Groundbreaking gay Italian minister set to get married -- in Canada
Nicola Vendola on Feb. 18, 2014 at the Montecitorio Palace, the Italian Chamber of Deputies in Rome. Photo by Andreas Solaro for Agence France-Presse.

Italy's most prominent gay politician has announced he wants to marry his Canadian partner: a step the couple will have to take in Canada as Italy does not allow same-sex marriages.

Nicola Vendola, the left-wing president of the southern region of Puglia, reaches the end of his second five-year term of office in May.

"Everything is going to change, I'm going to marry Ed," Vendola said in a reference to his partner Eddy Testa, with whom he is considering starting a family.

The nuptials may take place in Canada but there is no plan to relocate there. "For a man of the south like me, it is too cold," he said.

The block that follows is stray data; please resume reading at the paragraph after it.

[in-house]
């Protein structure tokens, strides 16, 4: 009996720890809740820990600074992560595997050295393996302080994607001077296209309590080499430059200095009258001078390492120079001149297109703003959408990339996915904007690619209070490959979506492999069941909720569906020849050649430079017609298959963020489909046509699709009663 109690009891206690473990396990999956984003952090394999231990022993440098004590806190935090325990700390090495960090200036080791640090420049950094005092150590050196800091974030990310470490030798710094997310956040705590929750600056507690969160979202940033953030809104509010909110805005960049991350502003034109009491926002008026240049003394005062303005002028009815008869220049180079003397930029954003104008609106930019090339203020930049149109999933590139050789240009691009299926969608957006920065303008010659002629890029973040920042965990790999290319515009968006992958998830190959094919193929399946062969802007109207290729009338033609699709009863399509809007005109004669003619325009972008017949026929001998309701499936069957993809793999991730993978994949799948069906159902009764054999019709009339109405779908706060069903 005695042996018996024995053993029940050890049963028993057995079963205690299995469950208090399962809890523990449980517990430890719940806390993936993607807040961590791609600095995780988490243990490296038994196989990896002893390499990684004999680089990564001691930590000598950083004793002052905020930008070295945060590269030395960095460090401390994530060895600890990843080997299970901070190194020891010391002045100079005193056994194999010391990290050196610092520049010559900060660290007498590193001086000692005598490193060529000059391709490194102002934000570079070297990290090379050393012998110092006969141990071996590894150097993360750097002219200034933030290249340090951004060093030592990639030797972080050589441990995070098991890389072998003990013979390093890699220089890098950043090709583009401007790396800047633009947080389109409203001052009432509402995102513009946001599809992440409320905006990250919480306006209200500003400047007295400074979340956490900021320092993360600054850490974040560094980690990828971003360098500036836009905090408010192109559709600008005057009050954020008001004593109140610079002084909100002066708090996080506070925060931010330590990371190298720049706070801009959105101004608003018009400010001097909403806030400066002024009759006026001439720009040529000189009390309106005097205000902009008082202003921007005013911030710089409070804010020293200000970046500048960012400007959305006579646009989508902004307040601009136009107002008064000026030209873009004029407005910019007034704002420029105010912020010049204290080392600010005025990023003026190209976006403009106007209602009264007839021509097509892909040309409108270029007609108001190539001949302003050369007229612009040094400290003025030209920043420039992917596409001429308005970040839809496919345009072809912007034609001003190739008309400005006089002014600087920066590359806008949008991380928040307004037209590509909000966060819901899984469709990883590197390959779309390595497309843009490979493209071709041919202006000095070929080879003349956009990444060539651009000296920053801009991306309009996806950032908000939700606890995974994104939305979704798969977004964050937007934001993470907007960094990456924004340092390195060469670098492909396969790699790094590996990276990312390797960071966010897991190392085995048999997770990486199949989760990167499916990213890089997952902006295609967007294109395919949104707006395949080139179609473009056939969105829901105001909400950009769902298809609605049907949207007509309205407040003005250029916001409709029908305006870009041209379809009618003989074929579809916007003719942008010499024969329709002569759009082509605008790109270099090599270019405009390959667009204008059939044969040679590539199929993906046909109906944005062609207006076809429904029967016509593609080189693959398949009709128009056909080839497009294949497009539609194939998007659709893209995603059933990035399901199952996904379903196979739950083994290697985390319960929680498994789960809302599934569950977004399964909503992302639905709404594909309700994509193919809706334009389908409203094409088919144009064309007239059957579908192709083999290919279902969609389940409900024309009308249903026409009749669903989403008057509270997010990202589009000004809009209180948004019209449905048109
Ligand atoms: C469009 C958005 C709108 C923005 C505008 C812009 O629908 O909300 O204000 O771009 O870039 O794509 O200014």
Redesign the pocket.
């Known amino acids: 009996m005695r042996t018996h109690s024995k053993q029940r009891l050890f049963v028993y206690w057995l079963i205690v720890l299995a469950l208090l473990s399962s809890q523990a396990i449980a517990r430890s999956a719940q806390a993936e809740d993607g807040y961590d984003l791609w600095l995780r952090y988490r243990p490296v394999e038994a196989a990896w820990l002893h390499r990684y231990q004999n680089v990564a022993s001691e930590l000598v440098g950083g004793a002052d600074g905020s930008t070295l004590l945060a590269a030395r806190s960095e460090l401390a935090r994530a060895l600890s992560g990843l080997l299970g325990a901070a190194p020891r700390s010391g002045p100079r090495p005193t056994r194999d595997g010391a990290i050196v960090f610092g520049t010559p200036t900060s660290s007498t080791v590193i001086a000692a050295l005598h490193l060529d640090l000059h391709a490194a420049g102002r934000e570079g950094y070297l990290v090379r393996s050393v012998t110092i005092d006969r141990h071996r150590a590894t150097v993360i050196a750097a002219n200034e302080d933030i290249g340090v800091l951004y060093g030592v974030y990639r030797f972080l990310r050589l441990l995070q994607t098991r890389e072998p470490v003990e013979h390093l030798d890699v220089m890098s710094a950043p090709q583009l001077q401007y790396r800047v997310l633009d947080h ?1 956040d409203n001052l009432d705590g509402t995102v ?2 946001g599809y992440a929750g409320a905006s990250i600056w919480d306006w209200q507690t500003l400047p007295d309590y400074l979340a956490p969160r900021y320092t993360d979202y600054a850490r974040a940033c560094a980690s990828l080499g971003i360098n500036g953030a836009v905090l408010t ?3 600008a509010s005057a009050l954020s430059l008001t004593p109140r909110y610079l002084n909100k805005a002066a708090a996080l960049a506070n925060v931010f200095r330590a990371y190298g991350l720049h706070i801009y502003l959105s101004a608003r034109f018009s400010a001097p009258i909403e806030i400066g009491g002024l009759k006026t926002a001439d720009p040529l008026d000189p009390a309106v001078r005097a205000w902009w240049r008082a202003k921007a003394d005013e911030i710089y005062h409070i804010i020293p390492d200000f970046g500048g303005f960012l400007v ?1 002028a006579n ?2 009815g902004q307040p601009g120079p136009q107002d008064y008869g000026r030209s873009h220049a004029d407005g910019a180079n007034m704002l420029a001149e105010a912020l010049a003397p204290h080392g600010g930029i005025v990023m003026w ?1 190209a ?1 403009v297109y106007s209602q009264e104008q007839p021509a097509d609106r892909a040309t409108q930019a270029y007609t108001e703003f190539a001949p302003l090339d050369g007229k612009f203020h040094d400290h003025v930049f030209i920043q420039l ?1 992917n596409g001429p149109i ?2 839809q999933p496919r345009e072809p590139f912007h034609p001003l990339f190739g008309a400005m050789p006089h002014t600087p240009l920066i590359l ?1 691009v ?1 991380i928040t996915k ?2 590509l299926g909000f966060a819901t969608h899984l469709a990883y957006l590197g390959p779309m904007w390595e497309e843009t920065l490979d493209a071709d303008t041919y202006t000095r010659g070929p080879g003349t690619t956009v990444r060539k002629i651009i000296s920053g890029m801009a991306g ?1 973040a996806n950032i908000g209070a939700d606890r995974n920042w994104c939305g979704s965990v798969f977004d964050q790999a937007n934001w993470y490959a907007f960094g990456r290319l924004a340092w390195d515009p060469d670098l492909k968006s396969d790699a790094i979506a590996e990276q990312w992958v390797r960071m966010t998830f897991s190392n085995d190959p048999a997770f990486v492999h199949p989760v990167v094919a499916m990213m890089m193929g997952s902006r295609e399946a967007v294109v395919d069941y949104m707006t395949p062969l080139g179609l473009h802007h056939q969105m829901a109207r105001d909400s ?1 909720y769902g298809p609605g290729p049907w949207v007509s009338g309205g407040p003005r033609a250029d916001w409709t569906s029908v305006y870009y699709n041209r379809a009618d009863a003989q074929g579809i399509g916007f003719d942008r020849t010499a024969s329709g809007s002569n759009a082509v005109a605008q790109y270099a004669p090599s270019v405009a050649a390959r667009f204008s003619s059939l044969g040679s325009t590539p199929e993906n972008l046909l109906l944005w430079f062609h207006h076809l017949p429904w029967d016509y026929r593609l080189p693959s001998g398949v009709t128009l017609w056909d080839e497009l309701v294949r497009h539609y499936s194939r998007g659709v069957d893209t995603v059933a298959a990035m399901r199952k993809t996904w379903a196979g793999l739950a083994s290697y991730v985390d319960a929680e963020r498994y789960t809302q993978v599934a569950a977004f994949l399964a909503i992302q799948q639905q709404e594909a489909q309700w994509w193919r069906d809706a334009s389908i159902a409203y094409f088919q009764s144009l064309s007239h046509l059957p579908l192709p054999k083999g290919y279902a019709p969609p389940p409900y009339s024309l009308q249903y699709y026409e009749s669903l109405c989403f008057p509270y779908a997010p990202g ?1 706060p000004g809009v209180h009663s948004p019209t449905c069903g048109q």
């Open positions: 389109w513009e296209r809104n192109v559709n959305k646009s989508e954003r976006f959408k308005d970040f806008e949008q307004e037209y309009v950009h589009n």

Vendola, 56, was one of the first openly gay lawmakers in Italy when he entered parliament in 1992.

His election to the leadership of Puglia was regarded as a major surprise given southern Italy's reputation as a bastion of macho and socially conservative values.

Vendola is a founder member of Italian gay rights group Arcigay and the leader of the Left Ecology Freedom party.

Prime Minister Matteo Renzi has promised to enact legislation allowing gay civil partnerships but there are no plans to authorise gay marriage, which is strongly opposed by the Catholic church.

Vendola, a published poet and author, said he was thinking seriously about having children, and distanced himself from compatriot Domenico Dolce, the gay designer who caused a storm by describing IVF babies as "synthetic".

Dolce's right to defend traditional family arrangements has been defended by his business partner Stefano Gabbana as reflecting his southern heritage.

Vendola rubbished that view, backing Elton John's opinion that the designers were out of touch with the modern world.

"From their elevated social rung they don’t really understand what it means to live in a country where homophobia kills and the lack of basic rights weighs heavily on many people's lives," Vendola said.